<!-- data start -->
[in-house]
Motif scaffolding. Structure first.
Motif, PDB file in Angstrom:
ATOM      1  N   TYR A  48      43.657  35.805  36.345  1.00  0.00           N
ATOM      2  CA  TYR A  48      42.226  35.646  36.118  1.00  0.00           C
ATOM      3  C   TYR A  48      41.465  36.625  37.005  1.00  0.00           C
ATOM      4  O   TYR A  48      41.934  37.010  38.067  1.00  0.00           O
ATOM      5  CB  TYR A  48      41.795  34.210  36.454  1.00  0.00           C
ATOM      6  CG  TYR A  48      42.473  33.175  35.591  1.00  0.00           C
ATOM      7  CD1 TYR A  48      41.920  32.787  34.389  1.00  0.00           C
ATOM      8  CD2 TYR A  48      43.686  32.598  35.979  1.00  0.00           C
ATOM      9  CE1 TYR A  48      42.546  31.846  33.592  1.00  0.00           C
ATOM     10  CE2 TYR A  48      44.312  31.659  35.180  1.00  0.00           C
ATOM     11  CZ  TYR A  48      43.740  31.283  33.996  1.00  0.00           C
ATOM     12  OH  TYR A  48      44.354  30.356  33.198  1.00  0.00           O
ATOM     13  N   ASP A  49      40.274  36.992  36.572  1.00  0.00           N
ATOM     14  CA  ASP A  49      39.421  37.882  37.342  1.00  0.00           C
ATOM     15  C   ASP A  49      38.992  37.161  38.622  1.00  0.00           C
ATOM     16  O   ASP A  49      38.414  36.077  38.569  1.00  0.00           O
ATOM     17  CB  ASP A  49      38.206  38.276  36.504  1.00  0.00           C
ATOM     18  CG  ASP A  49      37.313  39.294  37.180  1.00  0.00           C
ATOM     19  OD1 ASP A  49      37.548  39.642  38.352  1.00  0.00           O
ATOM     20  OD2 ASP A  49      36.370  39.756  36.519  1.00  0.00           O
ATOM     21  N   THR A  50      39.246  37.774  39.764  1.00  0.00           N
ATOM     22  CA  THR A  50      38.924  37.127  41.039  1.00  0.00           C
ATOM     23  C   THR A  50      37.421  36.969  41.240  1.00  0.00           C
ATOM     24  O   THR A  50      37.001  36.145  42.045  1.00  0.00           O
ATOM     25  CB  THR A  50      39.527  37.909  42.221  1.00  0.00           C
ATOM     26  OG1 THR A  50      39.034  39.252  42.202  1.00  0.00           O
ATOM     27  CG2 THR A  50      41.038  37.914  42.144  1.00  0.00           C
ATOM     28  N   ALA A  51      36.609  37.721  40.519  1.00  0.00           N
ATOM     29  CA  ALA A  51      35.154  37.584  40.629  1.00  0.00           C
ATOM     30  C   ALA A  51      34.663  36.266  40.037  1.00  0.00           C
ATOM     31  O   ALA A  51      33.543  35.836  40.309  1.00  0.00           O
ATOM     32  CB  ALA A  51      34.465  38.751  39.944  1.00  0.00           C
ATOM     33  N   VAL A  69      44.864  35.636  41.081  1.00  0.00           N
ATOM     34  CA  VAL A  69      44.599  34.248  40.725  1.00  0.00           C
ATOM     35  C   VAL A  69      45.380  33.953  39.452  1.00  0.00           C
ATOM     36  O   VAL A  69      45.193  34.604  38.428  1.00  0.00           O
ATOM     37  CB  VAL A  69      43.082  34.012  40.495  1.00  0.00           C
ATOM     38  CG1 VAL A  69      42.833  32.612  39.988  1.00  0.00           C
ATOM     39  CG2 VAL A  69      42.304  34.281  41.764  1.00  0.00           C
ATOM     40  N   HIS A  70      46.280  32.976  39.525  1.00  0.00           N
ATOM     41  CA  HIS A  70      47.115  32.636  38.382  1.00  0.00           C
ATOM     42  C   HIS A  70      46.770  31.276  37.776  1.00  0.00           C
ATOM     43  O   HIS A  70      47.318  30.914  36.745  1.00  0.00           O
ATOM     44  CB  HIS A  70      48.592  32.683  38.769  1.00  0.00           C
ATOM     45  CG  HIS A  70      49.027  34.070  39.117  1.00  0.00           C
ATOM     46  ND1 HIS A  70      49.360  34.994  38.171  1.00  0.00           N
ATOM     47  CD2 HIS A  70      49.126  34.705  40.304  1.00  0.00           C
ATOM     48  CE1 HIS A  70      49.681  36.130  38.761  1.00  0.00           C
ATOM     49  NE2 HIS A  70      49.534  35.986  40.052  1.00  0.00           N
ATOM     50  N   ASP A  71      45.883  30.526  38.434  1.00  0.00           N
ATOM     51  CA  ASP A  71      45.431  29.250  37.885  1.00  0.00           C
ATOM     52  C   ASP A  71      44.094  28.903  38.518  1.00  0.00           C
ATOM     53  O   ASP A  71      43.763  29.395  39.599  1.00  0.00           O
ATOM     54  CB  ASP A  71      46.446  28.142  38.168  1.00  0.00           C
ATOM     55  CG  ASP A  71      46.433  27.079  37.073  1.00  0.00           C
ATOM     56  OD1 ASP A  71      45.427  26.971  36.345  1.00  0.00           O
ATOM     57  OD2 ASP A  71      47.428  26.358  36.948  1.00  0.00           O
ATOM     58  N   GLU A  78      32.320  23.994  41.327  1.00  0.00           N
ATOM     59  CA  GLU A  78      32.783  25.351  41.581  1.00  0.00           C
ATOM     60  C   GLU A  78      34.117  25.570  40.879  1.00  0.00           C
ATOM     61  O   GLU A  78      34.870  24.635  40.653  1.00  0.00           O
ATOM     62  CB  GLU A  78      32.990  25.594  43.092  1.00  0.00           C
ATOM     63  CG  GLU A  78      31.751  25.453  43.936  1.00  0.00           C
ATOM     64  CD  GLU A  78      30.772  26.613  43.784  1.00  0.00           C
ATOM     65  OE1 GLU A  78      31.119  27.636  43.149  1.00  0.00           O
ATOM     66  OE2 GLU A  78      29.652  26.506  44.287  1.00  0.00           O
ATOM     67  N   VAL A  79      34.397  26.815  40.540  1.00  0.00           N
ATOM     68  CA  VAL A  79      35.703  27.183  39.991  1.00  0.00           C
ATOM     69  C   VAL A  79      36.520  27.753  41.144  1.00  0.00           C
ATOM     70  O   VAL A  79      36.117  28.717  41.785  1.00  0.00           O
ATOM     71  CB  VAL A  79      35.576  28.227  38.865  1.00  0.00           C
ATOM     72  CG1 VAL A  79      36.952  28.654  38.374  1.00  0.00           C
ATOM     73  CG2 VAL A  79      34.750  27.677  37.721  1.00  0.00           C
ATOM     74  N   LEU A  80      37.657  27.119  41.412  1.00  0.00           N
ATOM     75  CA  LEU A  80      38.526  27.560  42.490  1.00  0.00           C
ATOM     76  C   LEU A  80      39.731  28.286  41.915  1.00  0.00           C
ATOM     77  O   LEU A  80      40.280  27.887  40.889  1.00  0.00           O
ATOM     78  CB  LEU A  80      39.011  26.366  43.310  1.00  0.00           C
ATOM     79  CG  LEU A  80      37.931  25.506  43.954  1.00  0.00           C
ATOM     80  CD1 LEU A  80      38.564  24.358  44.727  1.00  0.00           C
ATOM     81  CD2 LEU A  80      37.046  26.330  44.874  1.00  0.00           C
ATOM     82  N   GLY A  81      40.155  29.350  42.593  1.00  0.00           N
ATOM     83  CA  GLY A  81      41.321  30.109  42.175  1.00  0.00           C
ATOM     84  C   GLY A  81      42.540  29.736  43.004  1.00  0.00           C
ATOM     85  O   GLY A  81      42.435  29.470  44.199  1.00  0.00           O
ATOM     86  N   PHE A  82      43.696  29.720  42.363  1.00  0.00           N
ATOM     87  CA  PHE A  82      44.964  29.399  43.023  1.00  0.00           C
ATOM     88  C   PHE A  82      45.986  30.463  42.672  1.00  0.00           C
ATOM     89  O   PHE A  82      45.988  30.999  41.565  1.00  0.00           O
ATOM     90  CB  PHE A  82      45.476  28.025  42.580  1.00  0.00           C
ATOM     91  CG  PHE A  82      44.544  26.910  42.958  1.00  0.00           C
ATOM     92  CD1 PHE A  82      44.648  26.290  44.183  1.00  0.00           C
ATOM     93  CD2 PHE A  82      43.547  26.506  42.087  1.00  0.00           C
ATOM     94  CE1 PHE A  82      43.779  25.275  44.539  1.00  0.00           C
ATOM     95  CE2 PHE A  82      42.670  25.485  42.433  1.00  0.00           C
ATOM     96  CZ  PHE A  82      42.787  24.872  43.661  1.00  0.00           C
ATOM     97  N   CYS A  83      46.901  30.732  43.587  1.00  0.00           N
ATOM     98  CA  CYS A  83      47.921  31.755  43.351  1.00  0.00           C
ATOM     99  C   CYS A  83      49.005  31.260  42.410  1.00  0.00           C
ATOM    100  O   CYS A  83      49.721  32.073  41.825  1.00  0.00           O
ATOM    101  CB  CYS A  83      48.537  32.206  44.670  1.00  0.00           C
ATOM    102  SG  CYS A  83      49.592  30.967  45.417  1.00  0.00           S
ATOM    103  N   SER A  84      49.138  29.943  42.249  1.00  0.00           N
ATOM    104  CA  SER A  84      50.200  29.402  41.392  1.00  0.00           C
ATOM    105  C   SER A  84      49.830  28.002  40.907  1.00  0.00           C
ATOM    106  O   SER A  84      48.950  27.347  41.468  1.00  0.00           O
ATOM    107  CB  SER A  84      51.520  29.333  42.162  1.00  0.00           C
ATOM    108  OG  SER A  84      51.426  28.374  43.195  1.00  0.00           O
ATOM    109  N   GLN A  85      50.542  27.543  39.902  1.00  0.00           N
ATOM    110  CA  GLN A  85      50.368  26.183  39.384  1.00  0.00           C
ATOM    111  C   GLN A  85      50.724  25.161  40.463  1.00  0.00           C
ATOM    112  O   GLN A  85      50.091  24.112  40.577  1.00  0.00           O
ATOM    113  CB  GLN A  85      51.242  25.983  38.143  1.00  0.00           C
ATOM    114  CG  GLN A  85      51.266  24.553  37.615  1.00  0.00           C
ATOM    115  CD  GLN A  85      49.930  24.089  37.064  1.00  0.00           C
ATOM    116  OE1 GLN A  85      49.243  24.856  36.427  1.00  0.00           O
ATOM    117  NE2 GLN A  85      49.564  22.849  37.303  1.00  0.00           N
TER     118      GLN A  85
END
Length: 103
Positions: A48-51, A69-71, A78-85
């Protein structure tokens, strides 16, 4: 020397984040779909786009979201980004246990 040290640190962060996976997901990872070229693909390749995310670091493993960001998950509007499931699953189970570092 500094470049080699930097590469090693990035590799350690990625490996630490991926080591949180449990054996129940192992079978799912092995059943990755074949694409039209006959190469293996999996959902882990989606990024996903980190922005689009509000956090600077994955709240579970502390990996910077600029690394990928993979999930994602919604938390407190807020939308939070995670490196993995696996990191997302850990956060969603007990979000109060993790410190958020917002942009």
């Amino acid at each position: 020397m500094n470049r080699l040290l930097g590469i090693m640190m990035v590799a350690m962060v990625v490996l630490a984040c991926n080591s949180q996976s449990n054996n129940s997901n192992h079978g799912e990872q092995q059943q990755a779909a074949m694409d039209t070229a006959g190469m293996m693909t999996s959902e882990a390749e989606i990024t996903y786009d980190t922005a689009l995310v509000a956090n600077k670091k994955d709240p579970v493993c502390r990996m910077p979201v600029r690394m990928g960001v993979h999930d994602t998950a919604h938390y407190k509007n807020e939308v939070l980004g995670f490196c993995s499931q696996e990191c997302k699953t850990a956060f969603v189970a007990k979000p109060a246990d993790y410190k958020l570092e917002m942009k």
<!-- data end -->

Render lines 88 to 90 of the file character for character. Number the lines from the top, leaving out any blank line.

ATOM     85  O   GLY A  81      42.435  29.470  44.199  1.00  0.00           O
ATOM     86  N   PHE A  82      43.696  29.720  42.363  1.00  0.00           N
ATOM     87  CA  PHE A  82      44.964  29.399  43.023  1.00  0.00           C